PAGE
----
determining contextual relationships between the content placeholders that are associated with the pre-generated target template, the contextual relationships between the content objects that are associated with the pre-generated target template are represented by a relationship tree;
generating potential content mappings from the starting template to the pre-generated target template for mapping the content objects that are associated with the starting template to the content placeholders that are associated with the pre-generated target template based on the object properties, the proximity graphs of the starting template and the pre-generated target template, and the relationship trees of the starting template and the pre-generated target template;
rating the potential content mappings according to rating factors, the rating factors are based on maintaining the object properties associated with the content placeholders to the object properties associated with the content objects, the physical relationships associated with the content placeholders to the physical relationships associated with the content objects, and the contextual relationships associated with the content placeholders to the contextual relationships associated with the content objects;
determining which content mapping is an optimal content mapping for mapping the content objects associated with the starting template to the content placeholders associated with the pre-generated target template, the optimal content mapping being the highest rated content mapping according to the rating factors;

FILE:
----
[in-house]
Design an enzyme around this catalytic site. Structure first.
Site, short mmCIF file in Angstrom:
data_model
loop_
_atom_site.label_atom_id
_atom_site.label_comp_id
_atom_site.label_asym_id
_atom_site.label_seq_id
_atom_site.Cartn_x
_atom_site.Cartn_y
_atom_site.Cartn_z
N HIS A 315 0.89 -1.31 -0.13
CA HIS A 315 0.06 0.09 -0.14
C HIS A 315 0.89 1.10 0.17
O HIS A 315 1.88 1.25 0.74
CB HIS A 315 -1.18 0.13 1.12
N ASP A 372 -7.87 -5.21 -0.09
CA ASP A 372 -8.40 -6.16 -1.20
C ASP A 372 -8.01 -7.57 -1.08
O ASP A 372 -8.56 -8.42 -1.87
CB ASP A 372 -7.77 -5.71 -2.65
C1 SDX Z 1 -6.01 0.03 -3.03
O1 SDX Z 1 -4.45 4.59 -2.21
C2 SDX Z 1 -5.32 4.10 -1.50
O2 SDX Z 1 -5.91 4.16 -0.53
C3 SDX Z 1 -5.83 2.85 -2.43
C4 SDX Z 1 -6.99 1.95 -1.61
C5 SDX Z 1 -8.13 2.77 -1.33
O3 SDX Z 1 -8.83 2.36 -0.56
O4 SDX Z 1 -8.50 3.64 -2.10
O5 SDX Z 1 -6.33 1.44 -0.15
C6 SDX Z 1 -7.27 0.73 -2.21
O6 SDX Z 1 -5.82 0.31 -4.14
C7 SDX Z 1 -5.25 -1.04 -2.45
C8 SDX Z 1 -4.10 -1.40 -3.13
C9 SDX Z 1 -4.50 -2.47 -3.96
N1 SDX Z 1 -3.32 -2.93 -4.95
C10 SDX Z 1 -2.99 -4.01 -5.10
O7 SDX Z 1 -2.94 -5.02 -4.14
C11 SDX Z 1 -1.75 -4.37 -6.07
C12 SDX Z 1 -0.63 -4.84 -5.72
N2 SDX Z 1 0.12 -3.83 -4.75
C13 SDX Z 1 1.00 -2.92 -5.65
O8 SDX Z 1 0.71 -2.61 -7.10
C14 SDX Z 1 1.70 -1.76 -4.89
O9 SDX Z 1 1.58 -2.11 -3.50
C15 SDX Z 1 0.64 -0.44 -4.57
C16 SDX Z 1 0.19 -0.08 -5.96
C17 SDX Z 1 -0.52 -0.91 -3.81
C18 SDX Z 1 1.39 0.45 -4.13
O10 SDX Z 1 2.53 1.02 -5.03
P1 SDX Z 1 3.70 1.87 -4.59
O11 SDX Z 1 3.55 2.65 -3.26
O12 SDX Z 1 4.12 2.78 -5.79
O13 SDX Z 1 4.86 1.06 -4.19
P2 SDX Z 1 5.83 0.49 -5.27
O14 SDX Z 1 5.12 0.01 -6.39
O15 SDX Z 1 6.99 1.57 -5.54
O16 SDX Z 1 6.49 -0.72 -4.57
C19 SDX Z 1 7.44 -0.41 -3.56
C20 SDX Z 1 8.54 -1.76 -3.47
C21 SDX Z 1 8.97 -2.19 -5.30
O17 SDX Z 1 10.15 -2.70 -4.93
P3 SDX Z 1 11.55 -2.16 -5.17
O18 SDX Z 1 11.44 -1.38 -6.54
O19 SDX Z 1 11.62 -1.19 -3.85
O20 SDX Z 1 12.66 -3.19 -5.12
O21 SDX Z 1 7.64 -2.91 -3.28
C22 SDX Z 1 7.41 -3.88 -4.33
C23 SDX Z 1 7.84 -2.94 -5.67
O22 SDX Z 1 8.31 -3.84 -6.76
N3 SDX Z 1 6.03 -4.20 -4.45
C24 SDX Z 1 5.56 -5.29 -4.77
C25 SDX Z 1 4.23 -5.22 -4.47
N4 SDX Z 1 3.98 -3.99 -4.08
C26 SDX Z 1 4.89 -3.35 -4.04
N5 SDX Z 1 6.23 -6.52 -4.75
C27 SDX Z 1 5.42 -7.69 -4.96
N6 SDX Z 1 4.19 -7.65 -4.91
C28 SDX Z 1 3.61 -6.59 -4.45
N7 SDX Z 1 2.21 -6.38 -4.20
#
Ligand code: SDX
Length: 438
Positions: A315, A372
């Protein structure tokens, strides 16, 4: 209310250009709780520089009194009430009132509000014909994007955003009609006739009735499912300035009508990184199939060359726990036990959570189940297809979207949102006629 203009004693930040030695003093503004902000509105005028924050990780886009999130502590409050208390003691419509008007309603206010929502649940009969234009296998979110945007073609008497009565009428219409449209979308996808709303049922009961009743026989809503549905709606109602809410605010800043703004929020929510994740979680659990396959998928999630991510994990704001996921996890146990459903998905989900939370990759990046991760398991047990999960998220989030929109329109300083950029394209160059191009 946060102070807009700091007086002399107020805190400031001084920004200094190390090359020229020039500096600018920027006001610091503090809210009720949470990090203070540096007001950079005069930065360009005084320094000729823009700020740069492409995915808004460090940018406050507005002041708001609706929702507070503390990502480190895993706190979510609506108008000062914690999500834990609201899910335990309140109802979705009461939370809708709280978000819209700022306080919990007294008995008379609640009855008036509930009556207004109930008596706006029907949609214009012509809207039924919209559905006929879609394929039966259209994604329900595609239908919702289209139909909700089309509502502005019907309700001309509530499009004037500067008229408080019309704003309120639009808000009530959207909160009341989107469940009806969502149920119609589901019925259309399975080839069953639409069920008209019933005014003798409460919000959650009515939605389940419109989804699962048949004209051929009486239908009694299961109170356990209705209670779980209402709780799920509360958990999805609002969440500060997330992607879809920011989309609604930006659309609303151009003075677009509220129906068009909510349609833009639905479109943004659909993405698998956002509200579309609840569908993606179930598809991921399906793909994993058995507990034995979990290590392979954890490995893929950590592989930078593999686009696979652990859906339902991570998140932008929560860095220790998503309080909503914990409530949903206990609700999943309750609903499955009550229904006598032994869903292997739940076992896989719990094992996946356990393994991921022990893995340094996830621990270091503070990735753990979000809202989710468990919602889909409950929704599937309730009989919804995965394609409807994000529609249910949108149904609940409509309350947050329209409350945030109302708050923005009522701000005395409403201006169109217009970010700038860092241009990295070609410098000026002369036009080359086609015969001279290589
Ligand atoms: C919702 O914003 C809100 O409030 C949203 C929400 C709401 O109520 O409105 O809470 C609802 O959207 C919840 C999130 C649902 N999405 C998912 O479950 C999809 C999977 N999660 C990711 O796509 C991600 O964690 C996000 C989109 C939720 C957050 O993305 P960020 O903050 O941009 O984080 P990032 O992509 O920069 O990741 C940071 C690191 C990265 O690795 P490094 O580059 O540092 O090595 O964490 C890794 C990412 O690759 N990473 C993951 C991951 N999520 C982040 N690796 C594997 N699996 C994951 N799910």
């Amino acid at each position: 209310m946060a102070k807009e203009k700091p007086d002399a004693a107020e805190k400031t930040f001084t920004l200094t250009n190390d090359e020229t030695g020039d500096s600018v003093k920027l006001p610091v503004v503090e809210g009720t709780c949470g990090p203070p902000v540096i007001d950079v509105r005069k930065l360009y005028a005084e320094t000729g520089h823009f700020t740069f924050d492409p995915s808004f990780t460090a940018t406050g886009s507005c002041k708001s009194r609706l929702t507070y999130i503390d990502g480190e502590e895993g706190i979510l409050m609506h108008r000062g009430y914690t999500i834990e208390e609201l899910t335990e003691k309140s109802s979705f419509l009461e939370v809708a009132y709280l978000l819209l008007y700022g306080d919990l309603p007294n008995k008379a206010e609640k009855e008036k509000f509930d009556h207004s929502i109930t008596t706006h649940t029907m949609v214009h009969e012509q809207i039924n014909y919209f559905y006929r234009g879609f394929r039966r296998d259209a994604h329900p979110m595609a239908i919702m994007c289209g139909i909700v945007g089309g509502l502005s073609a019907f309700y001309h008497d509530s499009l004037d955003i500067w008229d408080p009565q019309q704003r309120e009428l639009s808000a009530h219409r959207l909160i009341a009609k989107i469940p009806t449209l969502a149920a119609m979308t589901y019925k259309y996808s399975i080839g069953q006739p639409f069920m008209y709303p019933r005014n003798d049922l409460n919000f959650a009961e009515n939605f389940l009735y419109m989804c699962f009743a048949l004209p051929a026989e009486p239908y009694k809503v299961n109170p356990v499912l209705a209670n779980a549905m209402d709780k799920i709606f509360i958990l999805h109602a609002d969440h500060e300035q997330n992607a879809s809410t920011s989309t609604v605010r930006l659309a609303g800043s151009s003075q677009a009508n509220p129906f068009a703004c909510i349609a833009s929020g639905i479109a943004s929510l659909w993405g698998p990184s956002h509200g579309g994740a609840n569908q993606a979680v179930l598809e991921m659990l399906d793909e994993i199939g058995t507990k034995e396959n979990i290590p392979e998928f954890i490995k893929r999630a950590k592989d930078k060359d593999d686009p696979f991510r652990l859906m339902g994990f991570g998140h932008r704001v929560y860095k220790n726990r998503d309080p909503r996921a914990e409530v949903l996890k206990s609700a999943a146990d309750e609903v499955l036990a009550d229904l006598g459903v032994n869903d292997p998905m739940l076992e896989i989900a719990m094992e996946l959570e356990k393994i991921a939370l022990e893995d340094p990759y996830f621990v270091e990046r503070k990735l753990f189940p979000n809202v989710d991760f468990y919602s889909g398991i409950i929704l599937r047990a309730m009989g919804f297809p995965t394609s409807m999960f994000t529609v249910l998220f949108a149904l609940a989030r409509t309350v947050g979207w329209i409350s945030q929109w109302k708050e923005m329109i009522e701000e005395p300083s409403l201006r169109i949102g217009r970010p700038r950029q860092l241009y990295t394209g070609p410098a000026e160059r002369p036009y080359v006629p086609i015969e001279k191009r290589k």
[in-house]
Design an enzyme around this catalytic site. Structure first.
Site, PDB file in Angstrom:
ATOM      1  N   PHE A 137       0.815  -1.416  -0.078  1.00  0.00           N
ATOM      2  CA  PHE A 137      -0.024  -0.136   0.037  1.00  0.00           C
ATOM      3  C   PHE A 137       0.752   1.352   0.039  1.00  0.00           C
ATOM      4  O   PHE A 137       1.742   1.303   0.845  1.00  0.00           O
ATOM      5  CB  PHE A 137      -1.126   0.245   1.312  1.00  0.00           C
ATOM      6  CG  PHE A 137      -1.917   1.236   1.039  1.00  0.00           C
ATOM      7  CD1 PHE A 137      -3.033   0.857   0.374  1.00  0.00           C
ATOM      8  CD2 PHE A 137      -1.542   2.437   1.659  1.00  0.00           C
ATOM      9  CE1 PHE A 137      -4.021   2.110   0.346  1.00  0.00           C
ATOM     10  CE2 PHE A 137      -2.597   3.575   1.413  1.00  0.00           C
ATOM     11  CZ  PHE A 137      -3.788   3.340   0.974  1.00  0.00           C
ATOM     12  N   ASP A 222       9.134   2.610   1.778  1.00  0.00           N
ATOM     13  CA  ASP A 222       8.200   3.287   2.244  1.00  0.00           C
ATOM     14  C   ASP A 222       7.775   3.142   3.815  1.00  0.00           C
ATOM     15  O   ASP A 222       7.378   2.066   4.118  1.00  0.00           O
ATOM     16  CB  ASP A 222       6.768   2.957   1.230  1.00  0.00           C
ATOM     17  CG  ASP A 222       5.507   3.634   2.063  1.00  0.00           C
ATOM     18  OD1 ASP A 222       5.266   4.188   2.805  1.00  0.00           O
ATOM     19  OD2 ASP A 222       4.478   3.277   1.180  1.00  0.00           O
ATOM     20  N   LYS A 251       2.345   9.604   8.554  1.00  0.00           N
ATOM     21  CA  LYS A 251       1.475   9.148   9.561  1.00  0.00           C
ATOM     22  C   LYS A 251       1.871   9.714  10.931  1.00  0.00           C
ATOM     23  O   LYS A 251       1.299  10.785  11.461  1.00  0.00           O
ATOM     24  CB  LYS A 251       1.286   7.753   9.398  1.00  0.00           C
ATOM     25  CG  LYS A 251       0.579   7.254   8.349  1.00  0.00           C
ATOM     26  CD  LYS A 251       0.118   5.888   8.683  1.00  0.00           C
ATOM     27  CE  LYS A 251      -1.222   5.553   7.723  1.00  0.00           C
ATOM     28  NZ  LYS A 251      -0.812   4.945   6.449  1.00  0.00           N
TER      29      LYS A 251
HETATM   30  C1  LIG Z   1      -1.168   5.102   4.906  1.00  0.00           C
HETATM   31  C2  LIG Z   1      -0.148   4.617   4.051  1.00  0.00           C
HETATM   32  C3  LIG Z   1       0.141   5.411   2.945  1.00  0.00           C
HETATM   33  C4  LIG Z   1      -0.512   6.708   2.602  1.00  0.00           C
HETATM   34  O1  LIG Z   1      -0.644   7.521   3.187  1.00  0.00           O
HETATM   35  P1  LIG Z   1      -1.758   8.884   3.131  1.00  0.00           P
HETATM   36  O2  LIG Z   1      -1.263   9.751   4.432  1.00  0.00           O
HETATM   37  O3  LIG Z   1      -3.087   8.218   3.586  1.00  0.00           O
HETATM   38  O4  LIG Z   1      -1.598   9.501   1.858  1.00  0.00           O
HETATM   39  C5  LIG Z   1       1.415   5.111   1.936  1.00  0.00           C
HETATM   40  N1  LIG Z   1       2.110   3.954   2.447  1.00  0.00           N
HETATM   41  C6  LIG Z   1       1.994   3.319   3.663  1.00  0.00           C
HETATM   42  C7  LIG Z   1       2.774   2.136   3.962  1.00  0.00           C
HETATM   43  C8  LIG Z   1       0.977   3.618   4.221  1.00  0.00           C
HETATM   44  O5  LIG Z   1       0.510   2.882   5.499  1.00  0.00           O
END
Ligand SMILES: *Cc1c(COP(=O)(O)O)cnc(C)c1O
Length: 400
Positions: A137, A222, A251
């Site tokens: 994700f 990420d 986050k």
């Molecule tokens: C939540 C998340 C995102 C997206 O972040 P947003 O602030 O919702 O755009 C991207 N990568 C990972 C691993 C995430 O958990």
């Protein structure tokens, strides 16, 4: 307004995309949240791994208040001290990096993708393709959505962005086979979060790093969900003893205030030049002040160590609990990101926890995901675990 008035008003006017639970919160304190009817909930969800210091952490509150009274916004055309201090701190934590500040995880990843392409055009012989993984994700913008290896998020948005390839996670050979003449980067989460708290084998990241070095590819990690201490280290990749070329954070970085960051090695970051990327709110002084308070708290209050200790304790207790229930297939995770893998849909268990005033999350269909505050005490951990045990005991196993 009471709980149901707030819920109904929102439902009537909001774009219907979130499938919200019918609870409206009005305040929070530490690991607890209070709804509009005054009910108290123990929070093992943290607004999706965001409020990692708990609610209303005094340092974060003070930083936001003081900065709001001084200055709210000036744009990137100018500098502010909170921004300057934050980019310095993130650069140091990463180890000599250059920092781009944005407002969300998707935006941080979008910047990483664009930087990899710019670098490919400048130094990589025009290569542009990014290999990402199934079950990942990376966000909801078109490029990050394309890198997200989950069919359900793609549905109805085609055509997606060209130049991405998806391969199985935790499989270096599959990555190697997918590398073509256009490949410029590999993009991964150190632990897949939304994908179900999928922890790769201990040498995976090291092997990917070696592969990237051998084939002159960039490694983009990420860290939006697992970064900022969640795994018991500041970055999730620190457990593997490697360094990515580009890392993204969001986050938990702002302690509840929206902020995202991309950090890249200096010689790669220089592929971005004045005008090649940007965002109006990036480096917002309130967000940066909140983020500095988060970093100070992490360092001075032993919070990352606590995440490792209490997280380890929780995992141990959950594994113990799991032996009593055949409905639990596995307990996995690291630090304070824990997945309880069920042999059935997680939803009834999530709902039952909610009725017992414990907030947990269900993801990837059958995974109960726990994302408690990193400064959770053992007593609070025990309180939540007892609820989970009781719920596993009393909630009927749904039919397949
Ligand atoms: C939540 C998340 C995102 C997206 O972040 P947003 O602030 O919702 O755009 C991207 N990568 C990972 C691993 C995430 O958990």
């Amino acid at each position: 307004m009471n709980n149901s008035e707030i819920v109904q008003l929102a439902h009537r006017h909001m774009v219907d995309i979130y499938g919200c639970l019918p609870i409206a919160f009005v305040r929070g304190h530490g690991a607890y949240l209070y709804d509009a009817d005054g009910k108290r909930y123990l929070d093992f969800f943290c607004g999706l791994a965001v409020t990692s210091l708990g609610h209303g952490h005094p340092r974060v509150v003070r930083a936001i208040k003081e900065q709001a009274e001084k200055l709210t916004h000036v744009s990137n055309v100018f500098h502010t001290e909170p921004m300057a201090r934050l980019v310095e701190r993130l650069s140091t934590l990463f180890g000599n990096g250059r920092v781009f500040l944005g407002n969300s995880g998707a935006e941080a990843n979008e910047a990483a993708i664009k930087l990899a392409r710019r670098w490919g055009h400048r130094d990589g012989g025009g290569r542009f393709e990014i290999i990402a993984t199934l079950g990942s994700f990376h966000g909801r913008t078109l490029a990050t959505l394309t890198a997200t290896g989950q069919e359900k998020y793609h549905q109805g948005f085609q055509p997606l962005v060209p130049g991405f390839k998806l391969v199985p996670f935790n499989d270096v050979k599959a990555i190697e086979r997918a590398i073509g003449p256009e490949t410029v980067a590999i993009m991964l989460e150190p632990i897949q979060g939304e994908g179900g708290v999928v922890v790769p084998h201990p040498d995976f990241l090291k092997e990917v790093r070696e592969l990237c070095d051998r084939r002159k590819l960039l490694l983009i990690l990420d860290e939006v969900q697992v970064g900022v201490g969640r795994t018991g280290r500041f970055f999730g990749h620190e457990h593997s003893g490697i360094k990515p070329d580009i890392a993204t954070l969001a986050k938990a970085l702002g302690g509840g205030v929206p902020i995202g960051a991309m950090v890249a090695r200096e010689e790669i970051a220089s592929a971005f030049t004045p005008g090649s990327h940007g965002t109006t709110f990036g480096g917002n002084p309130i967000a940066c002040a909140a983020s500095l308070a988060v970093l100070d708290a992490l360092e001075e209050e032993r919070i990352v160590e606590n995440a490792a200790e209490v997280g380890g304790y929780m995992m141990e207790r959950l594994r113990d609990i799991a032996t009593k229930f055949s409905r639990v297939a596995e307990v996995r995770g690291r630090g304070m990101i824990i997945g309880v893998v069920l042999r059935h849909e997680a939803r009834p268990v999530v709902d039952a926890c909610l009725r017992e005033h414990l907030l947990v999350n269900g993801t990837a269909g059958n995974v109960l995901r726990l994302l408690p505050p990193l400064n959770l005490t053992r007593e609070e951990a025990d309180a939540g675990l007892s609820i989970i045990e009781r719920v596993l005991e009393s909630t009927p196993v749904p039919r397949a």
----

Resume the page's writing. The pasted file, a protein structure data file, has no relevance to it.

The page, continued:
selecting the optimal content mapping;
mapping the content objects that are associated with the starting template to the content placeholders that are associated with the pre-generated target template according to the optimal content mapping selected from the content mappings; and
displaying the pre-generated target template after mapping the content objects that are associated with the starting template to the content placeholders that are associated with the pre-generated target template according to the optimal content mapping selected from the content mappings.
12. The system of claim 11, wherein the optimal content mapping includes a content mapping wherein the content objects of the starting template are mapped to corresponding content placeholders of the pre-generated target template having object properties that most closely approximates object properties associated with the content objects of the starting template.
13. The system of claim 11, wherein the optimal content mapping includes the content mapping that maps content objects from the starting template to content placeholders in the pre-generated target template such that the physical relationships between content objects in the starting template are most closely maintained when the content objects are mapped to the pre-generated target template.
14. The system of claim 11, wherein the optimal content mapping includes the content mapping that maps content objects from the starting template to content placeholders in the pre-generated target template such that the contextual relationships between content objects in the starting template are most closely maintained when the content objects are mapped to the pre-generated target template.
15. The system of claim 11, further comprising storing content objects not mapped to the pre-generated target template, and providing a user interface for manually inserting the content objects not mapped to the pre-generated target template into the pre-generated target template.
Description
FIELD OF THE INVENTION

The present invention generally relates to presentation of content in a computer-generated template. More particularly, the present invention relates to mapping content between a starting template and a target template.